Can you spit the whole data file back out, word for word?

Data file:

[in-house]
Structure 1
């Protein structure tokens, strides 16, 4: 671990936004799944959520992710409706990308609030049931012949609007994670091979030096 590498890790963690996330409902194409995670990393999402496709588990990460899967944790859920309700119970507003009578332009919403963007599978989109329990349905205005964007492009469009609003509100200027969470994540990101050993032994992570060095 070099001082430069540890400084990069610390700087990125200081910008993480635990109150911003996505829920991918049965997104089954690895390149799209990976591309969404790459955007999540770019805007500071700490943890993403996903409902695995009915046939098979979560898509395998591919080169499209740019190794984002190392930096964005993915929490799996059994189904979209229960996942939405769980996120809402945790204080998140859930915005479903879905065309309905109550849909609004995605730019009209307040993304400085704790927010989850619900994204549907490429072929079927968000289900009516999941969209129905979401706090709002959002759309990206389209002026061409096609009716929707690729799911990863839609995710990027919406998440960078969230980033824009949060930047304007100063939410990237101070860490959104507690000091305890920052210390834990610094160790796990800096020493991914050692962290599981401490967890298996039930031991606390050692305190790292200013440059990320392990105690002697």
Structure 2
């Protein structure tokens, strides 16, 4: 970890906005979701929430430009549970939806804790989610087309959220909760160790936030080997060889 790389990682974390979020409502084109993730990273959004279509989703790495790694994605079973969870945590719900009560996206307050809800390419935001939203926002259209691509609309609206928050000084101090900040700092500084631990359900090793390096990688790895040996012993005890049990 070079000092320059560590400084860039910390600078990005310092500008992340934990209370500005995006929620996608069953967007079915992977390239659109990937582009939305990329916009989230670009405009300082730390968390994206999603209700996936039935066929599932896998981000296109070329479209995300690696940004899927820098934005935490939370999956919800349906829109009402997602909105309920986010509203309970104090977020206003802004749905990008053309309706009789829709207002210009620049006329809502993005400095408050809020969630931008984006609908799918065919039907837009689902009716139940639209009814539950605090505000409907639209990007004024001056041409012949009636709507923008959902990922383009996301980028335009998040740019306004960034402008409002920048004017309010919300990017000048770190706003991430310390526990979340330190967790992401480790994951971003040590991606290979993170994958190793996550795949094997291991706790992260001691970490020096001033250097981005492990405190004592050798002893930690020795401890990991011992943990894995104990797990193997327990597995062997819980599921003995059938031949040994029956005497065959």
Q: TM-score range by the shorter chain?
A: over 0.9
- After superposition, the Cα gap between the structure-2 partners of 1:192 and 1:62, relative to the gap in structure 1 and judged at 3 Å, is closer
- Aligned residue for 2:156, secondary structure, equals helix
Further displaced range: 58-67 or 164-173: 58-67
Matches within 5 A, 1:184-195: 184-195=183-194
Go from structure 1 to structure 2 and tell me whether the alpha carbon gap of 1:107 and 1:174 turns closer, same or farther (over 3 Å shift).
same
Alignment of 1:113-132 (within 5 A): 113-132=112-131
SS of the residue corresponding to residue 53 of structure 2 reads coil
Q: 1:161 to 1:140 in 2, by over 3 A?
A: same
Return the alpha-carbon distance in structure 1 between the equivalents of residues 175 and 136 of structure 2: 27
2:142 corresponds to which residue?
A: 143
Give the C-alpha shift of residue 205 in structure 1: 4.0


[in-house]
Structure 1
């Protein structure tokens, strides 16, 4: 671990936004799944959520992710409706990308609030049931012949609007994670091979030096 590498890790963690996330409902194409995670990393999402496709588990990460899967944790859920309700119970507003009578332009919403963007599978989109329990349905205005964007492009469009609003509100200027969470994540990101050993032994992570060095 070099001082430069540890400084990069610390700087990125200081910008993480635990109150911003996505829920991918049965997104089954690895390149799209990976591309969404790459955007999540770019805007500071700490943890993403996903409902695995009915046939098979979560898509395998591919080169499209740019190794984002190392930096964005993915929490799996059994189904979209229960996942939405769980996120809402945790204080998140859930915005479903879905065309309905109550849909609004995605730019009209307040993304400085704790927010989850619900994204549907490429072929079927968000289900009516999941969209129905979401706090709002959002759309990206389209002026061409096609009716929707690729799911990863839609995710990027919406998440960078969230980033824009949060930047304007100063939410990237101070860490959104507690000091305890920052210390834990610094160790796990800096020493991914050692962290599981401490967890298996039930031991606390050692305190790292200013440059990320392990105690002697």
Structure 2
């Protein structure tokens, strides 16, 4: 970890906005979701929430430009549970939806804790989610087309959220909760160790936030080997060889 790389990682974390979020409502084109993730990273959004279509989703790495790694994605079973969870945590719900009560996206307050809800390419935001939203926002259209691509609309609206928050000084101090900040700092500084631990359900090793390096990688790895040996012993005890049990 070079000092320059560590400084860039910390600078990005310092500008992340934990209370500005995006929620996608069953967007079915992977390239659109990937582009939305990329916009989230670009405009300082730390968390994206999603209700996936039935066929599932896998981000296109070329479209995300690696940004899927820098934005935490939370999956919800349906829109009402997602909105309920986010509203309970104090977020206003802004749905990008053309309706009789829709207002210009620049006329809502993005400095408050809020969630931008984006609908799918065919039907837009689902009716139940639209009814539950605090505000409907639209990007004024001056041409012949009636709507923008959902990922383009996301980028335009998040740019306004960034402008409002920048004017309010919300990017000048770190706003991430310390526990979340330190967790992401480790994951971003040590991606290979993170994958190793996550795949094997291991706790992260001691970490020096001033250097981005492990405190004592050798002893930690020795401890990991011992943990894995104990797990193997327990597995062997819980599921003995059938031949040994029956005497065959």
Q: TM-score range by the shorter chain?
A: over 0.9
- After superposition, the Cα gap between the structure-2 partners of 1:192 and 1:62, relative to the gap in structure 1 and judged at 3 Å, is closer
- Aligned residue for 2:156, secondary structure, equals helix
Further displaced range: 58-67 or 164-173: 58-67
Matches within 5 A, 1:184-195: 184-195=183-194
Go from structure 1 to structure 2 and tell me whether the alpha carbon gap of 1:107 and 1:174 turns closer, same or farther (over 3 Å shift).
same
Alignment of 1:113-132 (within 5 A): 113-132=112-131
SS of the residue corresponding to residue 53 of structure 2 reads coil
Q: 1:161 to 1:140 in 2, by over 3 A?
A: same
Return the alpha-carbon distance in structure 1 between the equivalents of residues 175 and 136 of structure 2: 27
2:142 corresponds to which residue?
A: 143
Give the C-alpha shift of residue 205 in structure 1: 4.0